"Be well balanced for that enemy of yours, the devil, roams around like a lion seeking someone to seize upon and devour." ... I Peter 5:7
Letting go helps us to to live in a more peaceful state of mind and helps restore our balance. It allows others to be responsible for themselves and for us to take our hands off situations that do not belong to us. This frees us from unnecessary stress.
Too much of a good thing is a good thing no longer.
Wednesday, November 23, 2005
This Thanksgiving I am thankful that Tom does not have to work on Thanksgiving Day (as he's had to many, many years past).
--I am thankful for my husband and daughter and all our friends and family.
-- I'm thankful that I can afford to feed the sparrows, cardinals and finches in our backyard every day and that our town is not buried in snow right now, just powdered with it.
-- I am thankful for this blog which allows me to share how I feel with so many of you. I am thankful for you who read my feelings.
-- I'm thankful for the way the sun shines through my windows and makes our furniture and knick-knacks look nicer than they really are. I'm thankful for the geese which fly, honking, over my rooftop.
-- I am thankful for email which enables me to keep in contact with friends whose houses I used to live near.
-- I'm also thankful for my job, that of being a homemaker. I'm thankful I live in the United States...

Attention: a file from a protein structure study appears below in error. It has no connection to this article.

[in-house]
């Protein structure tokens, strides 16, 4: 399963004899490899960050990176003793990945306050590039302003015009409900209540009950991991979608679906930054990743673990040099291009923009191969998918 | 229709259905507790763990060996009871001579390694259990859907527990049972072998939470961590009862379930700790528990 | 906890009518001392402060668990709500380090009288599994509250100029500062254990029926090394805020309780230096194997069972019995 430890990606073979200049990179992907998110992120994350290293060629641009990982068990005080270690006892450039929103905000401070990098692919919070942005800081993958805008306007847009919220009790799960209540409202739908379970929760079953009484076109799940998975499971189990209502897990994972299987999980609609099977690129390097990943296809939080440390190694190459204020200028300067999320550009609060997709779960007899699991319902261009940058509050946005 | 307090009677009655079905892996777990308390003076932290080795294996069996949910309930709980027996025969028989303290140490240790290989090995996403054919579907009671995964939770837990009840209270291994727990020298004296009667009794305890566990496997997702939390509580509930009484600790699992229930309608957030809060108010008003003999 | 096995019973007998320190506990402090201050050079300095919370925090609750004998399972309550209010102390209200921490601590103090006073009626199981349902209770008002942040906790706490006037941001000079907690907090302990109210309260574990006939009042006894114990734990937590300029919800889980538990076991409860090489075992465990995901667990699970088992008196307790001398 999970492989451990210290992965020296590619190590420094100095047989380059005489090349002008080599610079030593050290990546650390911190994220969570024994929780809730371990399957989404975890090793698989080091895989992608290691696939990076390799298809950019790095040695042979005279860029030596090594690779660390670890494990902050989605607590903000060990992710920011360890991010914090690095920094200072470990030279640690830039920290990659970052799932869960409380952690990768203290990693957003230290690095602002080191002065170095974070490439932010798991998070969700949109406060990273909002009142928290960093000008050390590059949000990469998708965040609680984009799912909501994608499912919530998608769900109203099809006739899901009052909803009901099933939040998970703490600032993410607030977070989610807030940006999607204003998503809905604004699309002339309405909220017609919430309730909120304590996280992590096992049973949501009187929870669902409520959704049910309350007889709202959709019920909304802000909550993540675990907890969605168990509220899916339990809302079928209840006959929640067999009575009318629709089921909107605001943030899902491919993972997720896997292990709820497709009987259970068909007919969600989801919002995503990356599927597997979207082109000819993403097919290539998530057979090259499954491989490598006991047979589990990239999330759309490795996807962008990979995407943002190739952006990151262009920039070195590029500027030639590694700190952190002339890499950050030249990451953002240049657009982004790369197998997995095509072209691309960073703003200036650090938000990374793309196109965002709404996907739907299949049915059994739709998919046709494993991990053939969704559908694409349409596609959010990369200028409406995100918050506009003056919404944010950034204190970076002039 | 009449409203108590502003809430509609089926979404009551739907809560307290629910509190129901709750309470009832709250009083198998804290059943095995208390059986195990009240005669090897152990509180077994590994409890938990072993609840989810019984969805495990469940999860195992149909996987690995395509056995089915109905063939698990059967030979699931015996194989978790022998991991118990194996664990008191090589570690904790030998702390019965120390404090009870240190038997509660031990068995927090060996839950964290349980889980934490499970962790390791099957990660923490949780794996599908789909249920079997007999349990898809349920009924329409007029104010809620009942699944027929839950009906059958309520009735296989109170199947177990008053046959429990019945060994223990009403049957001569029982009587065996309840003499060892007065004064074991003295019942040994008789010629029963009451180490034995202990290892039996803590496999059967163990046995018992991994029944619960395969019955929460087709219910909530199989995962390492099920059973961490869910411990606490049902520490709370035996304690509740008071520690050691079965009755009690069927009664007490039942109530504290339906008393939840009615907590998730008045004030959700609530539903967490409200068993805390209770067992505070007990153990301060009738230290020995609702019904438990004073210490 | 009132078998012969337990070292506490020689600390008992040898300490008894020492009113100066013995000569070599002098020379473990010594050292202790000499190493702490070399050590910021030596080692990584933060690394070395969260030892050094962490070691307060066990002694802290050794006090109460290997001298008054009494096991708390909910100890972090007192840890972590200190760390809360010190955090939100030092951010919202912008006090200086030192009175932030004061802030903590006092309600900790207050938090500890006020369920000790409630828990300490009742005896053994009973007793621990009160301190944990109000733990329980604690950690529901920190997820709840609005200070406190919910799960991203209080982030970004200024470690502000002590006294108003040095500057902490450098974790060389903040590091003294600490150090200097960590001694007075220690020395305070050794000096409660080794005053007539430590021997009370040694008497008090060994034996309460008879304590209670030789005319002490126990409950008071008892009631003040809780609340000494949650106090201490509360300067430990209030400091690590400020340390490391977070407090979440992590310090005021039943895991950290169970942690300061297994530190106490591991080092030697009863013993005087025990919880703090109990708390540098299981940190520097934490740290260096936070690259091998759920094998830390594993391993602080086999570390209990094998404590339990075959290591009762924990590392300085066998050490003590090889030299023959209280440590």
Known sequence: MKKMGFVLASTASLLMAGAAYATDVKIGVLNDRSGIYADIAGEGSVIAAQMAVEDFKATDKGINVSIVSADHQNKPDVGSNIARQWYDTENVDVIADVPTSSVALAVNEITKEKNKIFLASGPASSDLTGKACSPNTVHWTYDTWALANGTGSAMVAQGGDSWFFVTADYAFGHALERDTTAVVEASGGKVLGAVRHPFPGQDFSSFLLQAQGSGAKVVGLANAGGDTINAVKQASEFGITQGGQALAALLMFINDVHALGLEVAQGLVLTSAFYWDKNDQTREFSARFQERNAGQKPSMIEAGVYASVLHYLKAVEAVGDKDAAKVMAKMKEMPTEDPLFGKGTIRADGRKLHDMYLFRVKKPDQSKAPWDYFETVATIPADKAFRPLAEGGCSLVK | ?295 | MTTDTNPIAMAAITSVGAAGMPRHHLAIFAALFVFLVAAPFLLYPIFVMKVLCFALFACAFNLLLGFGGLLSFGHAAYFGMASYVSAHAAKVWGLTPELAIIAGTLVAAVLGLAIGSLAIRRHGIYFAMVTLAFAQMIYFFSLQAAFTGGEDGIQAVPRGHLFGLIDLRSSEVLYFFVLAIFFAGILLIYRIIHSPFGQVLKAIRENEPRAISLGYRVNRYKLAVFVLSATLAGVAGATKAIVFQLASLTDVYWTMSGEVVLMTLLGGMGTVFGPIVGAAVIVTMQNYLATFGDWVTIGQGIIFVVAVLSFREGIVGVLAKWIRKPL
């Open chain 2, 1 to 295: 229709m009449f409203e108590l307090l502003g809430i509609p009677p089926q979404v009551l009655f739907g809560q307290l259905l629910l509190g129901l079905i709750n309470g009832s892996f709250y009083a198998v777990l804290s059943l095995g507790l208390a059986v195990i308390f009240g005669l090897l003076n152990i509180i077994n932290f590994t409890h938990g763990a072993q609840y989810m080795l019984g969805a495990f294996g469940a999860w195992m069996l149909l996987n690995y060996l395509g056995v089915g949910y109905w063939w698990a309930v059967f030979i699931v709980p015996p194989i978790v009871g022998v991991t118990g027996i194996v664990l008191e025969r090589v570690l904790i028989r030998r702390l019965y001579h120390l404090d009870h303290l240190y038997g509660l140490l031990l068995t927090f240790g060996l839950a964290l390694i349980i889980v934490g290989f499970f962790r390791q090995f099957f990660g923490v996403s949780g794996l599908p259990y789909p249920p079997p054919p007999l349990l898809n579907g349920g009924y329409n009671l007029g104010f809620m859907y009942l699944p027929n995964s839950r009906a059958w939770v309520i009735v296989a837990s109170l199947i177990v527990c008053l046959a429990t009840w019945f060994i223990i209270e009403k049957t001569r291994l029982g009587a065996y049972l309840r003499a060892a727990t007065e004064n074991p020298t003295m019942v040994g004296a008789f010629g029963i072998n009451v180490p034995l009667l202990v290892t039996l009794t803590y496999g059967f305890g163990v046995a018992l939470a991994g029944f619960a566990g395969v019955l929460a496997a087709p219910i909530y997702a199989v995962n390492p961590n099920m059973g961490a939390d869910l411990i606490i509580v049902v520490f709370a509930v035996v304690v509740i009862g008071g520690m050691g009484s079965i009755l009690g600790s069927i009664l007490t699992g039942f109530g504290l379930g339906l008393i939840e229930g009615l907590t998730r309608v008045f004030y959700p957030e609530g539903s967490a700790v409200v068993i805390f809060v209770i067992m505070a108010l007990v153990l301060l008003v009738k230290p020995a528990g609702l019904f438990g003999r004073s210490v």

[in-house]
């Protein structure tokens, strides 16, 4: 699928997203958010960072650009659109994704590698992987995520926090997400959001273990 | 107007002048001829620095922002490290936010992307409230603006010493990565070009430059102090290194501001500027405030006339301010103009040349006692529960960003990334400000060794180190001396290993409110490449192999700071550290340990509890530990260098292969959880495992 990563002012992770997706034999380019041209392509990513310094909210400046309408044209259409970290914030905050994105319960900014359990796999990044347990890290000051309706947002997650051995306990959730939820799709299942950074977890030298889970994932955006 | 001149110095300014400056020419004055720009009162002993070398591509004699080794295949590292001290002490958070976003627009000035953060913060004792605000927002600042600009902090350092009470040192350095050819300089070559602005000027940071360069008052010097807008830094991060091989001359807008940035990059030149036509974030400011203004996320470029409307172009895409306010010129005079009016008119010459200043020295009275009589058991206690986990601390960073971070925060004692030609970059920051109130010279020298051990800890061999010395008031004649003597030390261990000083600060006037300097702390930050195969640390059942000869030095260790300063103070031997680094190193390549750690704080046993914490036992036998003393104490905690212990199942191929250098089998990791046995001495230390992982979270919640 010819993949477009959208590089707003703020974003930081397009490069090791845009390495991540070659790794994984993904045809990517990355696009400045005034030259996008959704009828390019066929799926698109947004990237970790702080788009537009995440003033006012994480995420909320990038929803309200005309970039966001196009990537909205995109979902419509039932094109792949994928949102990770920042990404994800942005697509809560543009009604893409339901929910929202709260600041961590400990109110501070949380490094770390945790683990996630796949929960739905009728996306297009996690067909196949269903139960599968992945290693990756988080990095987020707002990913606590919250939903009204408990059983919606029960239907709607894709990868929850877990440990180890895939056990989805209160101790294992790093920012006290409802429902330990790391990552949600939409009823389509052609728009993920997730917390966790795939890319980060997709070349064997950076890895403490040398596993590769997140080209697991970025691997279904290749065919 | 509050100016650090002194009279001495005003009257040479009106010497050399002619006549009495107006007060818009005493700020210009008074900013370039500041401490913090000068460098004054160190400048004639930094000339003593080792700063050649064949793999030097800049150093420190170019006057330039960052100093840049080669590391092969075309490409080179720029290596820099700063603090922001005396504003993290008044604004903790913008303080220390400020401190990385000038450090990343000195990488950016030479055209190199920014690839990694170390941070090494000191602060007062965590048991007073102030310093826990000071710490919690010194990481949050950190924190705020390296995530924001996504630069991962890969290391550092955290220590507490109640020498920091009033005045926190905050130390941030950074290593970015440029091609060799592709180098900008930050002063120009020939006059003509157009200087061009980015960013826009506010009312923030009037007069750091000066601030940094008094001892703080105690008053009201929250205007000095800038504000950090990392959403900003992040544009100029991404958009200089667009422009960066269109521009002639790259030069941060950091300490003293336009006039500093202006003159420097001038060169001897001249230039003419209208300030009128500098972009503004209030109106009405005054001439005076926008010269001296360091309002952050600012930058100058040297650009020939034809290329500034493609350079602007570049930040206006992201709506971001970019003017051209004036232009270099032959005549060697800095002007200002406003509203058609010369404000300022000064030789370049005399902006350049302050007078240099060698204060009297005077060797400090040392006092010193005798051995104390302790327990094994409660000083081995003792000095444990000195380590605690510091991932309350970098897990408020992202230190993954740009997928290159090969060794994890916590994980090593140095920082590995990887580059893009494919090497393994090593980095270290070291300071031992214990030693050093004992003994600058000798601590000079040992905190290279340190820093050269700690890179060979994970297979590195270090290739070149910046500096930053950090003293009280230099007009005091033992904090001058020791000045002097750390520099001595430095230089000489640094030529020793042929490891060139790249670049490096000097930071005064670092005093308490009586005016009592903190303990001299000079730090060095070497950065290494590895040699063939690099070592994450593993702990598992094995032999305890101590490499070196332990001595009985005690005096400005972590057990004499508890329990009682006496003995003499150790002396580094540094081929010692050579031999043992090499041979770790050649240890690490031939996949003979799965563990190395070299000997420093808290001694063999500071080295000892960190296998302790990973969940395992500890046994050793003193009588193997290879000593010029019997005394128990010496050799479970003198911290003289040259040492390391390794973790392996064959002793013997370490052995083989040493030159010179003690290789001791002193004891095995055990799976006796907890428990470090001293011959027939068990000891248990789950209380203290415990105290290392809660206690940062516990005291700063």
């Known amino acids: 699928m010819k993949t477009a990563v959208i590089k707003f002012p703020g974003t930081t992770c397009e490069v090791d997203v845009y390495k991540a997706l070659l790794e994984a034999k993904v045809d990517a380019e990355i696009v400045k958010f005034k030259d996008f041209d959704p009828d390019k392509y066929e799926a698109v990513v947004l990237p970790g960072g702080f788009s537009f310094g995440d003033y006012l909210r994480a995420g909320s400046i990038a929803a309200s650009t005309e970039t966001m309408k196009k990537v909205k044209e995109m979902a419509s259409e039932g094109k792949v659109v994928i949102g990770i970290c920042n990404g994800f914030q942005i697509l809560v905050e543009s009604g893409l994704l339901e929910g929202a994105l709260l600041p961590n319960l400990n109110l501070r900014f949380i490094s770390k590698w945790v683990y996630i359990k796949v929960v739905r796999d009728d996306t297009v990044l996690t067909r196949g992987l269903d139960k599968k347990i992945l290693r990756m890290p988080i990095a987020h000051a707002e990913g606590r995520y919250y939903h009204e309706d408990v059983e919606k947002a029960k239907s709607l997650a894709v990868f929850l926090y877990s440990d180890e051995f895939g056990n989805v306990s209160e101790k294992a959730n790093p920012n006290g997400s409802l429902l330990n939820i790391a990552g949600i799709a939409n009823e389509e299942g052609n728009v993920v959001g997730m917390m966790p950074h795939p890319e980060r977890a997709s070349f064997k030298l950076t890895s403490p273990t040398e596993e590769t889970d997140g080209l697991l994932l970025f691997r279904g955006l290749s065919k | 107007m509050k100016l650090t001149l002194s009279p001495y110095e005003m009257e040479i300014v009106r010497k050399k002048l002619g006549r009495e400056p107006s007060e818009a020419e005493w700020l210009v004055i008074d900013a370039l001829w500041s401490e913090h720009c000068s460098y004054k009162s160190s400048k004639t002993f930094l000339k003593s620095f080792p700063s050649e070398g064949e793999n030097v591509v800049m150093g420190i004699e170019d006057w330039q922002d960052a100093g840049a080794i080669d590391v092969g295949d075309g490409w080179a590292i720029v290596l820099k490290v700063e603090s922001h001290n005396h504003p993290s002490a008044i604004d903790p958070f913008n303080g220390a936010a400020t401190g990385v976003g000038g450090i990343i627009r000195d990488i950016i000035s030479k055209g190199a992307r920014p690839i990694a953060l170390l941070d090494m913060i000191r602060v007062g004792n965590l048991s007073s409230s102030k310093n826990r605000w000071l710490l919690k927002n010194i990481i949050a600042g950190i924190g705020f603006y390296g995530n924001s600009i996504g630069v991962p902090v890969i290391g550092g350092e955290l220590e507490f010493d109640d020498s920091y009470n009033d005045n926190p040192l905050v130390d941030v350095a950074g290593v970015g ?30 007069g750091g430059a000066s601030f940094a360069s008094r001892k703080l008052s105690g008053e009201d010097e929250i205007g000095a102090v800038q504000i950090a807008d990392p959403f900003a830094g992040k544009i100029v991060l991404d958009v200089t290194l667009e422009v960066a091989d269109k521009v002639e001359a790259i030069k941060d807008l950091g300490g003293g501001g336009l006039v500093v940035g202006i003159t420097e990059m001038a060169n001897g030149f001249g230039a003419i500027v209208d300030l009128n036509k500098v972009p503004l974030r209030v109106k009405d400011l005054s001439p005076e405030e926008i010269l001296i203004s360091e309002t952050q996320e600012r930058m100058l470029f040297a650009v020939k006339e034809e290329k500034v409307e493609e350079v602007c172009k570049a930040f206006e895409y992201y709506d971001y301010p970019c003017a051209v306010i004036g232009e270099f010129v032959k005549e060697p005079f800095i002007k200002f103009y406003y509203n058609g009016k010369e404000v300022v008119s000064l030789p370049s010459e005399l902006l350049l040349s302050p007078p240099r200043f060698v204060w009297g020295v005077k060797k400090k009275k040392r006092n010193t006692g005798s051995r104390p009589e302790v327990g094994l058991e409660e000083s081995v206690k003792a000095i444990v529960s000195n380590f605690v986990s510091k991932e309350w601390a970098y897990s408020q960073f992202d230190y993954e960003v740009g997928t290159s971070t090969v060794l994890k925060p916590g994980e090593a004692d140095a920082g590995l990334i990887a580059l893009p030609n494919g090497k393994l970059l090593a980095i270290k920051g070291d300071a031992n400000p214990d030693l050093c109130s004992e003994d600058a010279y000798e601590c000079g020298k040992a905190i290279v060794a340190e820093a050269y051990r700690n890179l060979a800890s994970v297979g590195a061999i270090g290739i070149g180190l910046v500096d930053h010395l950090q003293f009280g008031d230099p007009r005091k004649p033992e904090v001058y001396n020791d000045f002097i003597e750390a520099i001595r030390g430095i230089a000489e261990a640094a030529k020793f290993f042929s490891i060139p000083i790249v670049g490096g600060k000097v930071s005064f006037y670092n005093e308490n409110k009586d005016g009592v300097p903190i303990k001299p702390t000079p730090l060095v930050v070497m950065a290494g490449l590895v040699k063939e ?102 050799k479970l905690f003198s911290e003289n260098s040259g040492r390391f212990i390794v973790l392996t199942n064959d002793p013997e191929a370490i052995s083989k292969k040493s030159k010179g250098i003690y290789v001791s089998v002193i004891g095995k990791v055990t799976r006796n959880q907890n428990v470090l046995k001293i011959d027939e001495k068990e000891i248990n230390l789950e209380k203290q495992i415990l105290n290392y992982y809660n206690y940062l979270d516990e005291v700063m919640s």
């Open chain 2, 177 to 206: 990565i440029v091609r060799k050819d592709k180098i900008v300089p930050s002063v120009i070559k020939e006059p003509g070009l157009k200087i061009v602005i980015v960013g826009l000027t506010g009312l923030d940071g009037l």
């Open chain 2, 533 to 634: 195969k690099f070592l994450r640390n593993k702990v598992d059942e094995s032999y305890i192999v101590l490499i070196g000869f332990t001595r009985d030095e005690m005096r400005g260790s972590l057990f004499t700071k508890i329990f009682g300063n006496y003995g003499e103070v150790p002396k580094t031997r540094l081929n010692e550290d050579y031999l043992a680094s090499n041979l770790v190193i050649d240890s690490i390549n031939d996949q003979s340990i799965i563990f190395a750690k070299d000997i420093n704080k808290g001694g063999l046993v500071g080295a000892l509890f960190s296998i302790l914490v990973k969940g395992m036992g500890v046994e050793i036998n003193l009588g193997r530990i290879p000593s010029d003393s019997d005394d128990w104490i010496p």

-- I am thankful for shelves and shelves of old-fashioned books behind glass.
-- I'm thankful that God did not give up on me during my Incredibly Stubborn Years. I'm thankful I'm no longer in my 20's or 30's and basically. I'm just plain thankful for every new day which God gives me to walk beside Him.
Monday, November 21, 2005
Oh my. You'll never hear me say the words, "That's just the way I am." Yet I used to say them all the time, was even a little proud of them.
God would come along and say (through the Bible, people, books, songs, Life situations and my heart), "I can free you from that depression, you know."
And I would reply, "Oh, that's just the way I am."
Other times He'd say, "If you'll listen to Me, I can free you from the way you tend to nag Tom and worry about Naomi."
I'd reply, "But that's the way I've always been. You can't change that, can you?"